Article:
When I bought this condo a year ago it had a brand new kitchen
cabinets. However, some time ago I noticed small cracks between joints.
Also, cabinet doors seem not to be aligned properly (as if the wood was
bended a little). This was not happening a year ago. These cabinets are
top-notch and (supposedly) of high quality. Here are some pictures:
Did this happen because of dry/hot air? Is there anything that I can do
to prevent any further damage or fix existing conditions?
These pics were taken a year ago (you won't see much details):
I hate to rain on your parade, but these look like pretty shoddy work.
Mitered rails and stiles? On a quality scale of 1 to 10, they look
like about a 2. And that's what I would have said if there WEREN'T
Judging by the workmanship, the door panels are probably glued into the
frames. As the humidity changes throughout the year the panel can
expand and, unless it floats within the frame, can force the joints
apart. You can check if the panels are floating by simply sliding them
with your hand. If they are done correctly, you should be able to
slide the panels up/down/left/right a little bit inside the frame.
If the panels ARE floating, you can probably fix this. Depending if
you have any talent or experience with woodworking, you could drill a
hole in the side of the door perpendicular to the mitered joint and
using a screw to pull the pieces back together. There are ways to do
this such that you can disguise the screw hole when you're done.
Sorry. I hope you didn't pay a lot for them.
Well, I paid a lot for the whole apartment and the custom kitchen was
factored into the cost. I guess, I don't have to replace everything,
just cabinet doors in the worst case, correct? Do you know how much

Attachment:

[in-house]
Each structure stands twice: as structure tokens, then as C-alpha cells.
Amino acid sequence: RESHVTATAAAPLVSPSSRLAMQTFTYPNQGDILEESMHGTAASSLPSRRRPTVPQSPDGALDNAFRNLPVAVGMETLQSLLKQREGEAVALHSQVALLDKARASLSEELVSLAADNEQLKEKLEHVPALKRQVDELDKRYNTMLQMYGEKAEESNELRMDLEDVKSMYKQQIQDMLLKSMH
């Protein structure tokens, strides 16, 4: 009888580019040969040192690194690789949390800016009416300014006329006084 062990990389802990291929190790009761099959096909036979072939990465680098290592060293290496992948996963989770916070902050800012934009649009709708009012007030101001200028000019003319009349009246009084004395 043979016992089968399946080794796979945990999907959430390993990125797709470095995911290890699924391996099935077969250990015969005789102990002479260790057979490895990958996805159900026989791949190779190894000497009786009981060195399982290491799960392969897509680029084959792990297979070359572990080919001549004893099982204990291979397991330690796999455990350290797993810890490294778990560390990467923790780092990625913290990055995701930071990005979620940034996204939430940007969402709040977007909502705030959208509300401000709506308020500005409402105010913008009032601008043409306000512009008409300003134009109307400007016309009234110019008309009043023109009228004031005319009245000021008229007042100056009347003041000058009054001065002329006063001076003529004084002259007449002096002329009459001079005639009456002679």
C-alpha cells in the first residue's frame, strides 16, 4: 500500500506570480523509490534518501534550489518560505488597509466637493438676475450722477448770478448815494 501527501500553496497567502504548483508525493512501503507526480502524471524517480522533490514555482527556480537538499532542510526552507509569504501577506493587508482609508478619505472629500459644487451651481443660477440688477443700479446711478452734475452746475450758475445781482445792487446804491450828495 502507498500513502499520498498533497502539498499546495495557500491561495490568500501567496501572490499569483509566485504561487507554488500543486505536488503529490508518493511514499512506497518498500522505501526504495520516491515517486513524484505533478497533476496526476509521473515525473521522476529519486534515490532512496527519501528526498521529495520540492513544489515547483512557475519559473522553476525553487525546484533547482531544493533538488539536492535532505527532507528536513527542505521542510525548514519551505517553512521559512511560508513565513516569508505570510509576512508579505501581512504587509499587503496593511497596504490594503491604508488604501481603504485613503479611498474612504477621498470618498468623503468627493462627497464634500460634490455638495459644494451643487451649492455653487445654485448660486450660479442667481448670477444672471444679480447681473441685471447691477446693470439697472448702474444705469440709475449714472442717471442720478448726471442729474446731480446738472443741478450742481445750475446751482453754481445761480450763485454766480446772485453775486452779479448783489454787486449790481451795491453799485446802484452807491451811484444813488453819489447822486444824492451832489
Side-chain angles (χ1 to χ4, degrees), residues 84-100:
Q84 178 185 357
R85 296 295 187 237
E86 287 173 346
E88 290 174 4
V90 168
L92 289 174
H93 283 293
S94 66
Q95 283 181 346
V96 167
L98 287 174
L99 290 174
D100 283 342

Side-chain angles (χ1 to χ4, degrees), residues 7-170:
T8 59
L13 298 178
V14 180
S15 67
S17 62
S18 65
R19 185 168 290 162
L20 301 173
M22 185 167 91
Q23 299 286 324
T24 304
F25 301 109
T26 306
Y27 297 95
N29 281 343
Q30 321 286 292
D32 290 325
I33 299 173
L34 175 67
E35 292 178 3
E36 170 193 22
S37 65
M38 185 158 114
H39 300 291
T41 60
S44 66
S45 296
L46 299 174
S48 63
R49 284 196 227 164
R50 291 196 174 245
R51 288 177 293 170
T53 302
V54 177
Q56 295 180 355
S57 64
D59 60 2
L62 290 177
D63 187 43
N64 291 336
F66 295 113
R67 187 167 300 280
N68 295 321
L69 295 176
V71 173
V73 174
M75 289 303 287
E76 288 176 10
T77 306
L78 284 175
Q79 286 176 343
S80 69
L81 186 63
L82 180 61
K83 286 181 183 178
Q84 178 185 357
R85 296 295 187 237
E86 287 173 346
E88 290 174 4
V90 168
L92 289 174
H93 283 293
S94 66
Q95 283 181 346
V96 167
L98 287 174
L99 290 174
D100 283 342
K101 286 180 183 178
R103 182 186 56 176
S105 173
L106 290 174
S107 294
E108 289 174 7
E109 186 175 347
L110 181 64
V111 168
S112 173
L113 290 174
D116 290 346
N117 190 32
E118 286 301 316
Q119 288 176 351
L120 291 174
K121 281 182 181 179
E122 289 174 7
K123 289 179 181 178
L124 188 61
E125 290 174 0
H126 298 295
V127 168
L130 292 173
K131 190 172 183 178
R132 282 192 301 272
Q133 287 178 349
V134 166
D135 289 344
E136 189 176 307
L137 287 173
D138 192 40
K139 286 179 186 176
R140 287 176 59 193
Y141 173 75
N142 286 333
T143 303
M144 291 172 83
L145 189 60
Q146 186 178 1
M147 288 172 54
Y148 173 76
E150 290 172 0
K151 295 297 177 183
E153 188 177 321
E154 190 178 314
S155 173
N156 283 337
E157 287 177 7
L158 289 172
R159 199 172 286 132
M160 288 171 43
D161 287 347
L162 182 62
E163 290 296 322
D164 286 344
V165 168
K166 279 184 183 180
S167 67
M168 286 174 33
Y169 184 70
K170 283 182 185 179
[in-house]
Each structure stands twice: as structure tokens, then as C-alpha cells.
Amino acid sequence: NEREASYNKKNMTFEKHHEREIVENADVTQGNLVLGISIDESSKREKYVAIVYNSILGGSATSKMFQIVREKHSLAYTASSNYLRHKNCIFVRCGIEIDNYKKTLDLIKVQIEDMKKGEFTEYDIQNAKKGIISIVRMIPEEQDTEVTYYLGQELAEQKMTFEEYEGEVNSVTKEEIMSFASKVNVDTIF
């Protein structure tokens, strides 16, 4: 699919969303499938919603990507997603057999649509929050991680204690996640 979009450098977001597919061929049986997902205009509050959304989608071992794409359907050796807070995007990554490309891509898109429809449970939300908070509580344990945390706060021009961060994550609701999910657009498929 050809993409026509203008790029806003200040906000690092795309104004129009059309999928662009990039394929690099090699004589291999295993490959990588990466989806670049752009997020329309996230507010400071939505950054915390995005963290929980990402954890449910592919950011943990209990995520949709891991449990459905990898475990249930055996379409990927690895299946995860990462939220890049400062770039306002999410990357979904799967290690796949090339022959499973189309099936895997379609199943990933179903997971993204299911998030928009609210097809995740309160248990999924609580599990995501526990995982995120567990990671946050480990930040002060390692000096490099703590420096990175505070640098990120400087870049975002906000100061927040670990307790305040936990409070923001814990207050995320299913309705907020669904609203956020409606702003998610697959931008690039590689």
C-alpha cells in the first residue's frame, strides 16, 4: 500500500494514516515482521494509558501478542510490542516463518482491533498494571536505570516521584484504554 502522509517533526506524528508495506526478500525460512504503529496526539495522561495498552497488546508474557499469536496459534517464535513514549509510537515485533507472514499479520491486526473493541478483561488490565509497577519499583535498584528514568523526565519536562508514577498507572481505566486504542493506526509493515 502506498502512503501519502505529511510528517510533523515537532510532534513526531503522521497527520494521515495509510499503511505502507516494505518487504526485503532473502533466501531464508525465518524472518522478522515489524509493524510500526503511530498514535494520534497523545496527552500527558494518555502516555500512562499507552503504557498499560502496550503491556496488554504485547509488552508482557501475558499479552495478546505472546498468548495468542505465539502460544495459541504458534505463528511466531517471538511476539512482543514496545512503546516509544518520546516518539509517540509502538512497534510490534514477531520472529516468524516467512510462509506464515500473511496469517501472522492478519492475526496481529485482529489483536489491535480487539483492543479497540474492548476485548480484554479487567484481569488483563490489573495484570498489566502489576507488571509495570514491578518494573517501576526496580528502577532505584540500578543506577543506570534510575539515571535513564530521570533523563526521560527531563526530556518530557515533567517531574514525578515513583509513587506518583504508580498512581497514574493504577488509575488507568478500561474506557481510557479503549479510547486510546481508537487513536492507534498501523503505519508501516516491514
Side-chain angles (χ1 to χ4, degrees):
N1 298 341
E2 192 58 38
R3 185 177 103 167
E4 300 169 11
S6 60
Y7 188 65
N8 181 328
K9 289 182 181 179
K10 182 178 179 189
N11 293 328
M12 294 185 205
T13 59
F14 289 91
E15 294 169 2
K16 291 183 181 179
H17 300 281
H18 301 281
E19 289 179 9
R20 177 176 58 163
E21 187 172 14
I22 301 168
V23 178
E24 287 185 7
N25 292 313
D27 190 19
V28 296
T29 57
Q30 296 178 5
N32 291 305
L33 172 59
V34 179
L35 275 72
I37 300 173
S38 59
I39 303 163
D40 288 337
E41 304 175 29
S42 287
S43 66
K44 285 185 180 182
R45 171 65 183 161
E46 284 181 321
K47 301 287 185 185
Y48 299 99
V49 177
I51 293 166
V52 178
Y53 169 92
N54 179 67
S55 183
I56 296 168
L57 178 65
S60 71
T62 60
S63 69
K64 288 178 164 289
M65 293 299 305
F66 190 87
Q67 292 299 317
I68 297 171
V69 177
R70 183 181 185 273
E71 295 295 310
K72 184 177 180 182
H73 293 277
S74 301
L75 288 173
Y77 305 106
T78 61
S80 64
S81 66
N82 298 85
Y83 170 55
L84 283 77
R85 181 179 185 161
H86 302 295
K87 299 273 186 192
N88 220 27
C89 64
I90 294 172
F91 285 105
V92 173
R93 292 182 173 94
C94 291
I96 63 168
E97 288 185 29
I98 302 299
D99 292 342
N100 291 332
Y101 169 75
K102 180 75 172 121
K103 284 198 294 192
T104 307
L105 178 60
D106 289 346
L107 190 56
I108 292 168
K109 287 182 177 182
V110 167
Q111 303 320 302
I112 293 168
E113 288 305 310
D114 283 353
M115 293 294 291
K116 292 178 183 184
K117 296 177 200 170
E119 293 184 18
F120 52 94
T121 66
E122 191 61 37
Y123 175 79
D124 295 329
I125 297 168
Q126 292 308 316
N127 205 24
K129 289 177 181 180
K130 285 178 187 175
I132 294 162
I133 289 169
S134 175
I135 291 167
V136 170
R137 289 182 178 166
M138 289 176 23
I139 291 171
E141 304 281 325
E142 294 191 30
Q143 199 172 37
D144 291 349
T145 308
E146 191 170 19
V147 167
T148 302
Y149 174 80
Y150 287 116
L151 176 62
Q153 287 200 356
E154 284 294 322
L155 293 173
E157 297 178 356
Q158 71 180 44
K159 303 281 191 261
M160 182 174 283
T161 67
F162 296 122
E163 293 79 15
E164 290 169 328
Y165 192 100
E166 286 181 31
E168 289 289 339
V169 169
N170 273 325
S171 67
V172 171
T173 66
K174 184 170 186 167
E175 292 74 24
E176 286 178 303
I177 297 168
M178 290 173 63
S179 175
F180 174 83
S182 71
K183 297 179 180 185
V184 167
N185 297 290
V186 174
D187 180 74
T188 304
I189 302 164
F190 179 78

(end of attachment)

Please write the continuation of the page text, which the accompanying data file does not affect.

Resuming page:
would it cost to order a custom (good/high quality) doors a piece? I
hope that they could be made to match the existing texture/color of the
If these cabinets are only a year or two old, why not approach the
manufacturer? Or the company you bought the unit from? If you bought an
upgrade that was supposed to be "high end" (whatever that means - no
particular insult pointed at your cabinets), then there should be a warranty
behind them. Hell, even the basic stuff probably has some sort of warranty
behind it. Joinery coming apart would certainly fall into a defect in
materials and workmanship in my opinion. You never know until you try...
You're right about that - it can't hurt to ask, but it is as I expect,
a local carpenter, can't say cabinetmaker, built those as per the
previous owner's instructions with mitered corners, who is at fault?
The owner probably didn't know any better and there wasn't anything
concealed from the buyer.
The thing that I just noticed is that the OP mentioned in an earlier
post that he bought the unit a year ago and also included some pictures
from a year ago. Those pictures show the gaps in the miters. Hmmm.
These things don't happen over night, so I wonder exactly how old those
cabinets are and when the gaps became objectionable.
Same idea but just judging from the unusual design - the reverse bevel
frames - I kinda suspect that they were designed by a designer (or
architect) who was enamoured with the effect of mitered frames and that
some poor, hapless shop built them according to specs.